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Publicly Available Published by De Gruyter March 11, 2016

Neutron powder diffraction and theory-aided structure refinement of rubidium and cesium ureate

  • Kjersti B. Sterri , Volker L. Deringer , Andreas Houben , Philipp Jacobs , Chogondahalli M.N. Kumar and Richard Dronskowski EMAIL logo


Urea (CN2H4O) is a fundamental biomolecule whose derivatives are abundant throughout chemistry. Among the latter, rubidium ureate (RbCN2H3O) and its cesium analog (CsCN2H3O) have been described only very recently and form the first structurally characterized salts of deprotonated urea. Here, we report on a neutron diffraction study on the aforementioned alkaline-metal ureates, which affords the positions for all hydrogen atoms (including full anisotropic displacement tensors) and thus allows us to gain fundamental insights into the hydrogen-bonding networks in the title compounds. The structure refinements of the experimental neutron data proceeded successfully using starting parameters from ab initio simulations of atomic positions and anisotropic displacement parameters. Such joint experimental-theoretical refinement procedures promise significant practical potential in cases where complex solids (organic, organometallic, framework materials) are studied by powder diffraction.

1 Introduction

Urea (CN2H4O) is a fundamental biomolecule and is utilized in pharmaceuticals, cosmetics, colorants, or fertilizers [1]. Likewise, urea has been a topic of fundamental studies for long: it crystallizes in the tetragonal space group P4̅21m with full (mm2) point symmetry resulting in a minimum of atomic parameters to be refined [2]. The carbonyl oxygen atom of the urea molecule takes part in the crystal in four N–H···O hydrogen bonds (HBs) [2, 3] which has placed urea among the most widely studied prototype systems for HB interactions in solids [4]. In general, HBs are of paramount interest because of their presence in biochemical compounds such as nucleic acids of living cells and amino acids. In proteins, HBs influence structure, specificity, and functionality through their role in the folding process [5]. Furthermore, these HBs play a pivotal role by enabling N,N′-disubstituted ureas to build chains, layers, three-dimensional frameworks, or even nanotubes [6]. Besides, when suppressing these HBs between the ureas through introduction of certain substituents, the ureas can form HBs with neutral species or anions, preferably oxoanions, providing metal-organic frameworks with anion separation selectivities [6]. Further Ni, Zr and Fe complexes with N,N′-disubstituted ureate ligands have been reported [713], finding use, e.g. in organometallic catalysis [79].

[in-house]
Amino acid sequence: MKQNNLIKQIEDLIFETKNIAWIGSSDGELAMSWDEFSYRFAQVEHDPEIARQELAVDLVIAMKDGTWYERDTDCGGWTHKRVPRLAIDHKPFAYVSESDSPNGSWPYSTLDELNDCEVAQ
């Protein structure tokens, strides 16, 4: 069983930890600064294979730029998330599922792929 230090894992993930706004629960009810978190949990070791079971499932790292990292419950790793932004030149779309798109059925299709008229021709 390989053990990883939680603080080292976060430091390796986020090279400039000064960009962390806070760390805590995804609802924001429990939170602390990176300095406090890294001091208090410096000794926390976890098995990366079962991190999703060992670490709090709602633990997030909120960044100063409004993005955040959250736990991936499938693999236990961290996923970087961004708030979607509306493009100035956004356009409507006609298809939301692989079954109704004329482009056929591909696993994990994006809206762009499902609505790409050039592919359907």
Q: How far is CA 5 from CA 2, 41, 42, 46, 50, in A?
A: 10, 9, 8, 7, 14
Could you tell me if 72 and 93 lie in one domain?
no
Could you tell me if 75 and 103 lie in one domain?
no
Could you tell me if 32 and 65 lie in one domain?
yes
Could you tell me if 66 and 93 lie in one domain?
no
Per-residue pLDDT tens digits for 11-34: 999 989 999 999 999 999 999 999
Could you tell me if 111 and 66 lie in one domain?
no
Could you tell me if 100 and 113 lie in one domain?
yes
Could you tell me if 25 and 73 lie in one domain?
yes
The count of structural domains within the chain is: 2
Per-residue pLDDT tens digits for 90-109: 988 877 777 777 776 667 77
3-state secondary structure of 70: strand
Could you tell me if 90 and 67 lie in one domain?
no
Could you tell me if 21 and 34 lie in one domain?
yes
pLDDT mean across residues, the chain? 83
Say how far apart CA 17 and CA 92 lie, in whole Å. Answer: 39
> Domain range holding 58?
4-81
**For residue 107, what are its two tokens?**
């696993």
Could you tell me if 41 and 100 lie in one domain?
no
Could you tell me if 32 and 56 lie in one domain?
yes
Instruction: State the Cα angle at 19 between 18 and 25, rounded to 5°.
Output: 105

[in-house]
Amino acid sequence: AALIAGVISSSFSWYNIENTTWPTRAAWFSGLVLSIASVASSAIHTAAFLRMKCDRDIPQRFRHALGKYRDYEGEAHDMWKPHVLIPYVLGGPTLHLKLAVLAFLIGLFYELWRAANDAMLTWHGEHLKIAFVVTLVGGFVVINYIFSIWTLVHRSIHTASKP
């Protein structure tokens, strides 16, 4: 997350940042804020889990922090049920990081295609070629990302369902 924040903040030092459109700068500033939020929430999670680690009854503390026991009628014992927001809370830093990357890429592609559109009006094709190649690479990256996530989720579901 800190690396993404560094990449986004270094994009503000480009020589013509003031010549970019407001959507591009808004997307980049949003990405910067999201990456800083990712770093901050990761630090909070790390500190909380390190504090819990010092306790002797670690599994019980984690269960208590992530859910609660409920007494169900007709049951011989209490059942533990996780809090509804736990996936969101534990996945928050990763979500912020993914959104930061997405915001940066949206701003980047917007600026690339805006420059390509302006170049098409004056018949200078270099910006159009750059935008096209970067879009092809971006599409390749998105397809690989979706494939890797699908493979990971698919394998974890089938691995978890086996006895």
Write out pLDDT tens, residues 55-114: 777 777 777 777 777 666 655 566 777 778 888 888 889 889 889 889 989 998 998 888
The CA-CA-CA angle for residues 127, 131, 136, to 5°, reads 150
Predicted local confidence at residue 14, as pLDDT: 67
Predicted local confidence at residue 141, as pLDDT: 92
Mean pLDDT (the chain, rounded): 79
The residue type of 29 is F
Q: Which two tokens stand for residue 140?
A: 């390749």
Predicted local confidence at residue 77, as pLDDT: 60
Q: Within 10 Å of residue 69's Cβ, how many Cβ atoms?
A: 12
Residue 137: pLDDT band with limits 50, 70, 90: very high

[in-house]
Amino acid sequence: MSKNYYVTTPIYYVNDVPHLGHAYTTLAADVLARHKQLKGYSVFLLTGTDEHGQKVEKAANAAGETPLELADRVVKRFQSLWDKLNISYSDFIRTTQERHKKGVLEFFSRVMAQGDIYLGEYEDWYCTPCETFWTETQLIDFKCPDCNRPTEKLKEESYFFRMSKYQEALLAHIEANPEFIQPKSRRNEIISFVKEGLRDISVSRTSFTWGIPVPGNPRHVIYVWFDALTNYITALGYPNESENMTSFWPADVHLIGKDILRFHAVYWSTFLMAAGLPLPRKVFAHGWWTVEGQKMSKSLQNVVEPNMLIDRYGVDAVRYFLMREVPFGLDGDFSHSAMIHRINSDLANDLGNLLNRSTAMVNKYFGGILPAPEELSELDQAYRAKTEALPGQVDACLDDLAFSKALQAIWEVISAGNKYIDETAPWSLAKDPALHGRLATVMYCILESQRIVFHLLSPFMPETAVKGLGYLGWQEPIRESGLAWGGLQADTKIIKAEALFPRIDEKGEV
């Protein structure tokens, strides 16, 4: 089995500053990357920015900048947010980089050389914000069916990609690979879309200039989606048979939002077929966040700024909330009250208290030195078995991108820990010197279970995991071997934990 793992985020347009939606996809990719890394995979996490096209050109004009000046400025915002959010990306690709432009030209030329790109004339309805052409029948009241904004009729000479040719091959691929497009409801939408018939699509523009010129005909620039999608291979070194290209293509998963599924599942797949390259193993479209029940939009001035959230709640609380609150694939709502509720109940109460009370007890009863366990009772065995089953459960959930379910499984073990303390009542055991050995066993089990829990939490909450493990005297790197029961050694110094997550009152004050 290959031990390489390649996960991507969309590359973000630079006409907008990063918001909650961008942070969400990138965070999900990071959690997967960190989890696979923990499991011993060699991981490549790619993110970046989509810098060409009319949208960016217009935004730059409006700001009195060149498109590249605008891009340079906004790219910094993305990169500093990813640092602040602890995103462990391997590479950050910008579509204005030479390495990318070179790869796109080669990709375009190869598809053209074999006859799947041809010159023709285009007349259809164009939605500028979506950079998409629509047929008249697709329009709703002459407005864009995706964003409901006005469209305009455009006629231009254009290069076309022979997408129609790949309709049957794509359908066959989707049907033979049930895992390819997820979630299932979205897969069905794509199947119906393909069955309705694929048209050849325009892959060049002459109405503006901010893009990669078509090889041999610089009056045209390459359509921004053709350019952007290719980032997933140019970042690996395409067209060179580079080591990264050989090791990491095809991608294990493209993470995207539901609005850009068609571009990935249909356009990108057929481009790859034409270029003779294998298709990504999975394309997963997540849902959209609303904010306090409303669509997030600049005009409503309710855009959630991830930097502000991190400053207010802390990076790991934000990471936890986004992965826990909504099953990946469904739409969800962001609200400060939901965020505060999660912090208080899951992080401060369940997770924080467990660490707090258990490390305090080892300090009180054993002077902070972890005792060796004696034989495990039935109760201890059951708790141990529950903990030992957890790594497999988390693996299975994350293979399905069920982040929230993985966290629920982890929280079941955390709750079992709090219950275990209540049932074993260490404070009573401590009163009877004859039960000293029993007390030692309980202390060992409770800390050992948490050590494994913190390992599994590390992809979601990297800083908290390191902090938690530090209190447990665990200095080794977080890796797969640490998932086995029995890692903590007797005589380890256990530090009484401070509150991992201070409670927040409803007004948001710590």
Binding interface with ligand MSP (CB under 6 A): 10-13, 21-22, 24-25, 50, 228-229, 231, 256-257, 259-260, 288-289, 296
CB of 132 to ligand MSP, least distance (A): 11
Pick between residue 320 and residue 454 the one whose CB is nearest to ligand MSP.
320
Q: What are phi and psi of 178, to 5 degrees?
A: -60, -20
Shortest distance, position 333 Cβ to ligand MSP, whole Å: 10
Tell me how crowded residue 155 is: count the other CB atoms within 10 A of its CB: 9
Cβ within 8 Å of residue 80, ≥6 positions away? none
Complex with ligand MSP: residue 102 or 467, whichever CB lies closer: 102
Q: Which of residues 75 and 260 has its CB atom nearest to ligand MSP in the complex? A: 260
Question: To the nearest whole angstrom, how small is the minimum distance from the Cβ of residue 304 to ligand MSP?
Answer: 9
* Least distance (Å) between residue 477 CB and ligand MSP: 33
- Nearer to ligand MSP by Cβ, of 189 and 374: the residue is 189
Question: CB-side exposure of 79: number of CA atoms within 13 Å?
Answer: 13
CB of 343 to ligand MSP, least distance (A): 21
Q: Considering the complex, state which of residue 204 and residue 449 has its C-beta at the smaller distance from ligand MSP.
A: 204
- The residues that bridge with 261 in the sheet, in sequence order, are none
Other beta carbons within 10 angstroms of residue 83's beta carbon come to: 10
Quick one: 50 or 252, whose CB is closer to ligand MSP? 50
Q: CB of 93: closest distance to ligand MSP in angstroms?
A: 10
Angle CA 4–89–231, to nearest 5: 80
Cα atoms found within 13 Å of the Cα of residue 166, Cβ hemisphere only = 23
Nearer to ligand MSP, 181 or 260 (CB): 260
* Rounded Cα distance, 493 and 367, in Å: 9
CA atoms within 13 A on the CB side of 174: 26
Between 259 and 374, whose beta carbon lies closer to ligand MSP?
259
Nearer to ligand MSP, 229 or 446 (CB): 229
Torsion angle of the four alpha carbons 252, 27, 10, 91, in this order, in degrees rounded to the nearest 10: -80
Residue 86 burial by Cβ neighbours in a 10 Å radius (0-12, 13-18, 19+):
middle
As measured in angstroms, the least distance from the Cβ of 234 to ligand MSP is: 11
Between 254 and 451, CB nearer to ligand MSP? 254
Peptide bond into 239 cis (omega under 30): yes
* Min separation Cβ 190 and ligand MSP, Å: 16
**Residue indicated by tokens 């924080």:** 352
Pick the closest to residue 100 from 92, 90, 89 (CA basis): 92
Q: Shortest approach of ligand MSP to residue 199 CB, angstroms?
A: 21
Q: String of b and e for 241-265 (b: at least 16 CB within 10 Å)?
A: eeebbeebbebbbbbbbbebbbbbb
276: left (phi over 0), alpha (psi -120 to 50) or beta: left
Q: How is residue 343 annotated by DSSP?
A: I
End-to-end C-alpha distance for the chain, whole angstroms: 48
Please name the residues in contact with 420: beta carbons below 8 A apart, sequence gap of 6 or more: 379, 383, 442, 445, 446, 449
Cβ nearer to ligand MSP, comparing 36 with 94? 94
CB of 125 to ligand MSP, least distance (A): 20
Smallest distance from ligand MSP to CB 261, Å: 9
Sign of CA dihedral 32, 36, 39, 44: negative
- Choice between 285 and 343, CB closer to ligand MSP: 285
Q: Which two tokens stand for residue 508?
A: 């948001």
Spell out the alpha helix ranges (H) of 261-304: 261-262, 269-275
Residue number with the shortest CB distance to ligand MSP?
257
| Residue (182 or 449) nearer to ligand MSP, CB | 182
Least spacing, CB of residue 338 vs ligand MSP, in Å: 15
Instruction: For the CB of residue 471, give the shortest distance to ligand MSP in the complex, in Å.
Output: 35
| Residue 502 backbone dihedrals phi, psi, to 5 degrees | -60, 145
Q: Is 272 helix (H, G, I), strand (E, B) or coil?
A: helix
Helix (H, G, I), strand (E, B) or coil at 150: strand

In principle, the free urea molecule should also be amenable to deprotonation, and indeed as early as in 1902 Franklin [14] (most likely) removed a proton from urea and, by doing so, synthesized KCN2H3O. This work was followed three decades later by Jacobson [15] who reported NaCN2H3O in 1936, but such compounds were not fully characterized. Only very recently, the class of deprotonated urea salts (“ureates”) was extended by RbCN2H3O and CsCN2H3O [16], and at the same time, the first structural characterization of the above-mentioned compounds NaCN2H3O and KCN2H3O was achieved using single-crystal X-ray diffraction (SC-XRD) [16].

Here, we report on neutron diffraction experiments that complete the structural characterization of rubidium and cesium ureate. This enables a closer study of their HB networks, also in comparison to the parent compound urea, which is of interest with regard to their importance in N,N′-disubstituted urea(te) compounds (Fig. 1). It is also worthwhile pointing out the parallels to the recently reported family of alkali-metal guanidinates [1720], which are likewise paralleled by a large range of substituted guanidinates in organic chemistry.

Fig. 1: Structure of N,N′-disubstituted urea, urea and the ureate anions.
Fig. 1:

Structure of N,N′-disubstituted urea, urea and the ureate anions.

At the same time, the title compounds are ideally suited to address a prevalent practical problem that occurs even if neutron diffraction measurements can be carried out: incoherent scattering may lead to a significantly higher background whose treatment is far from trivial, and the determination of ADPs becomes particularly challenging when reflections with low d-values have low intensity and overlap extensively. Furthermore, mutually influential parameters may complicate the refinement. In such cases, a suitable choice of starting values for the parameters is crucial.